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Does calling glActiveTexture() even make sense when not using shaders?

I only have to switch the textures before drawing a buffer with glBindTexture(), right?

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up vote 4 down vote accepted

Yes, you do need texture units when not using shaders; if you look at the evolution of graphics hardware this will be obvious as multitexturing predated the programmable pipeline.

The classic old-school use case is Quake-style lightmapping, and in fact if you look at the Quake source code you'll see that it used multitexturing (via the old GL_SGIS_multitexture extension) and most definitely did not use shaders.

For this use you have one texture representing the diffuse colour, one representing the light colour/intensity, and you modulate them together to get the final surface colour.

The exception to this rule is if you're not doing multitexturing, of course. If you're only ever applying a single texture to your geometry then you can quite happily forget that texture units ever existed (since the default active texture unit is texture unit 0).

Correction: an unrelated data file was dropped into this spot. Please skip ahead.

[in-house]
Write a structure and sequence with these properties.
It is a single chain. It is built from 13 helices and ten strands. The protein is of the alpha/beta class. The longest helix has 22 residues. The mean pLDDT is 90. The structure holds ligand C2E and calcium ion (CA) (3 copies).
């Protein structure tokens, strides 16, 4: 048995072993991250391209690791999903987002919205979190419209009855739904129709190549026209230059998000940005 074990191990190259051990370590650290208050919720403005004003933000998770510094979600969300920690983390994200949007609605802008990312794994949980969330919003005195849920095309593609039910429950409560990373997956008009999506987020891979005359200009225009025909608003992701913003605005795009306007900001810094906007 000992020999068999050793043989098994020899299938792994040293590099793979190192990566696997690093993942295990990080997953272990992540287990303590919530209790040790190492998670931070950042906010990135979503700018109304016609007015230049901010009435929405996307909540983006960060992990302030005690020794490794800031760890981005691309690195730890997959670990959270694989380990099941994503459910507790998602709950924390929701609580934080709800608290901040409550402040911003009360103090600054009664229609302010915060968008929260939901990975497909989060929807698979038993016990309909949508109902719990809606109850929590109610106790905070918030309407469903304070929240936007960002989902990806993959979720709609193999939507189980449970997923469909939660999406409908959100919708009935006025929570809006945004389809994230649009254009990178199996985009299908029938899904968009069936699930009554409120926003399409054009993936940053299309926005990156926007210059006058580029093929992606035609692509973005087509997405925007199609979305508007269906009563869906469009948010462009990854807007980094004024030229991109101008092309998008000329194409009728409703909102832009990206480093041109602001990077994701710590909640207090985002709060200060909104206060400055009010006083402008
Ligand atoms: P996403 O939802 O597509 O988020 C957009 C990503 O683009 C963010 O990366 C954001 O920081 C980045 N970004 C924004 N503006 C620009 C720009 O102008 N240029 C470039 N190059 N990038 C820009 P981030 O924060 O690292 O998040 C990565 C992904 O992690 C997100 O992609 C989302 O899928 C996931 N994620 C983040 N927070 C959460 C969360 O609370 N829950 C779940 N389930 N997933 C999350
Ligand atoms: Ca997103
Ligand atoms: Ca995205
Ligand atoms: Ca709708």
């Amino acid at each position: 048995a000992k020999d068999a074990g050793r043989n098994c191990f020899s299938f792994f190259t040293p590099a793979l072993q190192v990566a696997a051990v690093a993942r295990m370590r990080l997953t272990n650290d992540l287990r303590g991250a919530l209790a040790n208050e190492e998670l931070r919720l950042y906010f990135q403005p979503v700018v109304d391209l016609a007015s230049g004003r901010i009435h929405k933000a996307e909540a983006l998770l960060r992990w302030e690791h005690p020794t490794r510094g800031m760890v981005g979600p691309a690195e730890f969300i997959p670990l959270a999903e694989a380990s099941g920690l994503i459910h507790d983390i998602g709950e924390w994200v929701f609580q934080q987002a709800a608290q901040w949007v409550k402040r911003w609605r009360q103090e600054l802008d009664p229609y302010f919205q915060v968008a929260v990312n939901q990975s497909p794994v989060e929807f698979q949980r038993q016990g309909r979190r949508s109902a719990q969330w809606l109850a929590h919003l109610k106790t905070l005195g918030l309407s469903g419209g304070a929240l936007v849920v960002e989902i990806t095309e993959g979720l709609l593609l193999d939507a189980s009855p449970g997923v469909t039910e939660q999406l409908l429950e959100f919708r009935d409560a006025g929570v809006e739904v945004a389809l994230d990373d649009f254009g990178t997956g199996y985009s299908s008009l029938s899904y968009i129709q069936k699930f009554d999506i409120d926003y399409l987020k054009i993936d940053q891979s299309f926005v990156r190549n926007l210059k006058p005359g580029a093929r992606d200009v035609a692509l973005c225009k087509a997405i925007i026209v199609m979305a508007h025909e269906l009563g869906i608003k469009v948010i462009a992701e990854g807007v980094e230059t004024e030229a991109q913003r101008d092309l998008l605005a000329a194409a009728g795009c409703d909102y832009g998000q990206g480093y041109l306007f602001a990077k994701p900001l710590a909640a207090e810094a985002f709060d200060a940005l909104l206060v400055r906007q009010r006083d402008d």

There is, by the way, no excuse to not use shaders in 2013; the old "old hardware" excuse is not valid any more and hasn't been for many years. Everything supports shaders nowadays and using them will make your life a lot easier.

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+1, but I actually disagree that there is "no excuse to not use shaders", especially if you're targeting handheld or embedded systems -- or even some consoles. There are quite a few that are still alive and kicking that have either fixed-function pipelines or are only partially programmable. Also I've worked with a few platforms where both are available, but due to driver or hardware issues, the programmable pipeline has ... issues, and the fixed-function / GLES 1.1 pipeline is much faster. Hopefully this won't be the case much longer, but it definitely still is a concern for us! – leander May 4 '13 at 18:32

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